Teacher gives 3rd grader a Catastrophe Award in front of class
The teacher says the catastrophe award was a joke, but the mother didn't think it was funny.Photo: Video by kgun9.com
Reporter: Valerie Cavazos
TUCSON (KGUN9-TV) -- Every parent beams when they find out their child is singled out for a special award. But in the case of one 3rd grader at Desert Springs Academy -- her mother was far from thrilled when she came home with her award.
8-year-old Cassandra Garcia proudly showed us all her completed homework in her labeled folder. So it confused her mother, Christina Valdez, when her daughter came home with this end of the year award.
It is a "Catastrophe" award for most excuses for not having homework -- followed by a smiley face and the teacher's signature, Mrs. Plowman.
Not only confused, Valdez was upset because she said her daughter felt humiliated. She said the teacher announced the award in front of the whole class and all the children laughed at her daughter.
Valdez contacted the principal to complain about the award. "And she blew me off. She said it was a joke that was played and that the teachers joke around with the children," said Valdez.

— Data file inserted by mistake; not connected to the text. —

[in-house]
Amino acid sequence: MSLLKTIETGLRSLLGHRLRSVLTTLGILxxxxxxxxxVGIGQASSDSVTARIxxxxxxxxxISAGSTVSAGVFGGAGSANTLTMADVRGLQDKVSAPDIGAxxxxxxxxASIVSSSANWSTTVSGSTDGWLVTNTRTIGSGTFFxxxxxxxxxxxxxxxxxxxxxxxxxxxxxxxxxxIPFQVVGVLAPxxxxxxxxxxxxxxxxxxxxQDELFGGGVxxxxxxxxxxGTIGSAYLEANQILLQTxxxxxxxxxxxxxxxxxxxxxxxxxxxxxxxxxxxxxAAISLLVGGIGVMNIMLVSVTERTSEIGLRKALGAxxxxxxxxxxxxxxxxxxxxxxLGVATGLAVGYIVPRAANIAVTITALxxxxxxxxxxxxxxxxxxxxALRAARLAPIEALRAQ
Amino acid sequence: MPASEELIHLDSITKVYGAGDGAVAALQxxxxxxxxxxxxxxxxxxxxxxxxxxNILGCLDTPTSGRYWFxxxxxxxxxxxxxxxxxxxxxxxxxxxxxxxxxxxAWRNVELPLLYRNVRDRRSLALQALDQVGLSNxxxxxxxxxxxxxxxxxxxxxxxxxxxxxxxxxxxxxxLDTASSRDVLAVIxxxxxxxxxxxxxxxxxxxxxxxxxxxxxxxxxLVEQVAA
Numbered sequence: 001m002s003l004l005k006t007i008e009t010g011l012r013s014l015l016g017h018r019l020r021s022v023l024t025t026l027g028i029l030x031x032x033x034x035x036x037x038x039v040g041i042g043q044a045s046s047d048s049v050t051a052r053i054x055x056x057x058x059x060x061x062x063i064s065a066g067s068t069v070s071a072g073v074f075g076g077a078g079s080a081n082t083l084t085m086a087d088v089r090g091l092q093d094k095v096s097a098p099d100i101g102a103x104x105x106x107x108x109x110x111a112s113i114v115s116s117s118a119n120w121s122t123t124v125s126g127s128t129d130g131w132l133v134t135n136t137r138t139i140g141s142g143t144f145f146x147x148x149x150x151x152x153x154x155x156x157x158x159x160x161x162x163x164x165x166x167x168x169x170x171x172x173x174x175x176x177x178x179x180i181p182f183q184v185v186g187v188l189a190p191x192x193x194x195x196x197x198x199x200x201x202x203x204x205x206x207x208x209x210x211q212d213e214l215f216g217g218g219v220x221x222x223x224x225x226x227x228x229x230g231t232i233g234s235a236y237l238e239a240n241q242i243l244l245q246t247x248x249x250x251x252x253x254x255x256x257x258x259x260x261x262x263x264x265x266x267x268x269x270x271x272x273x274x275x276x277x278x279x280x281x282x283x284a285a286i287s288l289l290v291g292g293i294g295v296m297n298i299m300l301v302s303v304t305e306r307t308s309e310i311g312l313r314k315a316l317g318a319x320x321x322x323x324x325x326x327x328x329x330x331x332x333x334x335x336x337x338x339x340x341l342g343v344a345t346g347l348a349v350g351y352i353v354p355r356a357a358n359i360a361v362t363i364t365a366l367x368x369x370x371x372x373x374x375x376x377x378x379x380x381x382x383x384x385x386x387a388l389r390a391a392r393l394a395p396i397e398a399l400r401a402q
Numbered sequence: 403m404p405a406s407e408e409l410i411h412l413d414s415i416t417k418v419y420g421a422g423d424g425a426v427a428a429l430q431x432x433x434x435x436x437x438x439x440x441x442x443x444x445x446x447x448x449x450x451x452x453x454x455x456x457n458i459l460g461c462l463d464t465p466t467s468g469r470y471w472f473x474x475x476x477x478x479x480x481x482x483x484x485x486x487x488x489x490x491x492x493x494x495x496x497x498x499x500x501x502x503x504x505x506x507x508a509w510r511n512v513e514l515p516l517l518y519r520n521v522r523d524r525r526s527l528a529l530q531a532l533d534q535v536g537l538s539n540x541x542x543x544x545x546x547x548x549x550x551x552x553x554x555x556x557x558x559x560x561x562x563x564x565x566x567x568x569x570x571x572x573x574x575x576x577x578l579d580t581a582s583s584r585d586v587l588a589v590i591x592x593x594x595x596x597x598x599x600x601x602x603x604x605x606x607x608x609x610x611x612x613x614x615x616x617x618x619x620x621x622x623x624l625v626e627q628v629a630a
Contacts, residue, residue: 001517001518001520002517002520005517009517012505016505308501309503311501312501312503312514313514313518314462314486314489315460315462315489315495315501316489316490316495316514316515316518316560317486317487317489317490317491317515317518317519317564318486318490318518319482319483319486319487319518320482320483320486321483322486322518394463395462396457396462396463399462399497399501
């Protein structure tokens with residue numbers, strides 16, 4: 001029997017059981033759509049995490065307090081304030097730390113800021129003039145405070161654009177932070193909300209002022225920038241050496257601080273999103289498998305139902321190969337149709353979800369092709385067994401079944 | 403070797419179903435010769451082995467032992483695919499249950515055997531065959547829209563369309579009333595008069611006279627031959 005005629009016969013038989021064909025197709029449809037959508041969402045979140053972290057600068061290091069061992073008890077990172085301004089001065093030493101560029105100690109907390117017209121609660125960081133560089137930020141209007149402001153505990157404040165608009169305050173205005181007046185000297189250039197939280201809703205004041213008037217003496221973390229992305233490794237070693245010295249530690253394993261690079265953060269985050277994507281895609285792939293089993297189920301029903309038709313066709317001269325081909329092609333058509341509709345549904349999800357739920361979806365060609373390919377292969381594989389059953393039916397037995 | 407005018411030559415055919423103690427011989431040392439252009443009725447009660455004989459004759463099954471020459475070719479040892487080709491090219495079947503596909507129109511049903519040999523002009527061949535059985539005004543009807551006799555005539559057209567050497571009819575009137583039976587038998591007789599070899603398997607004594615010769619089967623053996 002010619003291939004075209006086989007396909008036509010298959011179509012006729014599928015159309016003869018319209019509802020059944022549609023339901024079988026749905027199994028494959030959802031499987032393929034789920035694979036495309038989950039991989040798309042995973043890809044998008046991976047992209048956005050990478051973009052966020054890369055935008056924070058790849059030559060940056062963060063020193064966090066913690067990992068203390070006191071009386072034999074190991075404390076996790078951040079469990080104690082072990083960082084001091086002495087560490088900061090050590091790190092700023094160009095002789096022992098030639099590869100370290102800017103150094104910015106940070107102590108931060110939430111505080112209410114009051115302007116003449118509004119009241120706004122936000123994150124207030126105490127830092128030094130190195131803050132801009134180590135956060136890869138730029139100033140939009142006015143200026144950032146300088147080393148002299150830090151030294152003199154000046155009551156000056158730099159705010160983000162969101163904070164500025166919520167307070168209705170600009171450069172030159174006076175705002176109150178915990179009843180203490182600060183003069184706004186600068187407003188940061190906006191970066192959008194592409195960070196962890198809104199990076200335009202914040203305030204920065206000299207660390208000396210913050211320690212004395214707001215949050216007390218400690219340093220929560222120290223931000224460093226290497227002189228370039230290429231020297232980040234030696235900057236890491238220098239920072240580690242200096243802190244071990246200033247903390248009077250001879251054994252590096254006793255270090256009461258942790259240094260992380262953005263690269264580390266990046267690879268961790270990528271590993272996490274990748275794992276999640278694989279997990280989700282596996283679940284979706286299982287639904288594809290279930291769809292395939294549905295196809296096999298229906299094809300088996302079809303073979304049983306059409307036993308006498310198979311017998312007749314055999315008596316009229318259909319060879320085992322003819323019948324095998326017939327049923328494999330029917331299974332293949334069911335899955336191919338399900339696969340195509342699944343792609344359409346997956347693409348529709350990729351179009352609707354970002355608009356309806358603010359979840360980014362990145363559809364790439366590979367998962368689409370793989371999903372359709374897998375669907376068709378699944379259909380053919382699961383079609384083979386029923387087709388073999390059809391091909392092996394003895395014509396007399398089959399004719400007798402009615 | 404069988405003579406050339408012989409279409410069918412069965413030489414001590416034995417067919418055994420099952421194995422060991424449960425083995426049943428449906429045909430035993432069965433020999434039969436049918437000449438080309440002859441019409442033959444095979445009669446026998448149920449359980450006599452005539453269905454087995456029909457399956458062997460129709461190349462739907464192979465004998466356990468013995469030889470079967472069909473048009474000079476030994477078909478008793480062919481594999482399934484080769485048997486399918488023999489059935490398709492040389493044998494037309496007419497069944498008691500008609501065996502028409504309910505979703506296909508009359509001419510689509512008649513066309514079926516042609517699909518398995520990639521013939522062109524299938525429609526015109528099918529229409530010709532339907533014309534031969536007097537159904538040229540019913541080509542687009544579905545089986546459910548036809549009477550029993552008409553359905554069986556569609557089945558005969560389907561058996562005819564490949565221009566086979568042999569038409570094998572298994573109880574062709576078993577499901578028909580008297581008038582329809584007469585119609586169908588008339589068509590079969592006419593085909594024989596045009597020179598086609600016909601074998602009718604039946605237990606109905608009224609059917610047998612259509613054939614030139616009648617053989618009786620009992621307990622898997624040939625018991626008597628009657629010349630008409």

KGUN9 reporter Valerie Cavazos headed to Cassandra's school, Desert Springs Academy, for an explanation.The principal said she wouldn't comment. Cavazos asked the principal if she thought it was okay for teachers to hand out "catastrophe" awards. She simply shrugged her shoulders and then she blew off the reporter.
Cavazos asked Valdez: "As a parent what do you think about that award?"
Valdez: "I think it's cruel and no child should be given an award like this. It's disturbing."
Cavazos: "You don't see this as a joke?"
And neither do experts. "That isn't an award. It doesn't fit the criteria," said psychologist Sheri Bauman at the University of Arizona College of Education. She says any negative award -- joke or not -- is inappropriate -- especially at that grade level. "They feel less than, they feel fearful of authority of what might happen if they make a mistake." She said being humiliated after making mistakes is counterproductive to learning.
Former teacher and current UA education psychology graduate, Marlon Jones, agrees. He said educators should always strive to empower kids. Jones said, "Make them feel better about learning. I don't think a catastrophe award is doing that. It's just not. We have to set a better example, I think."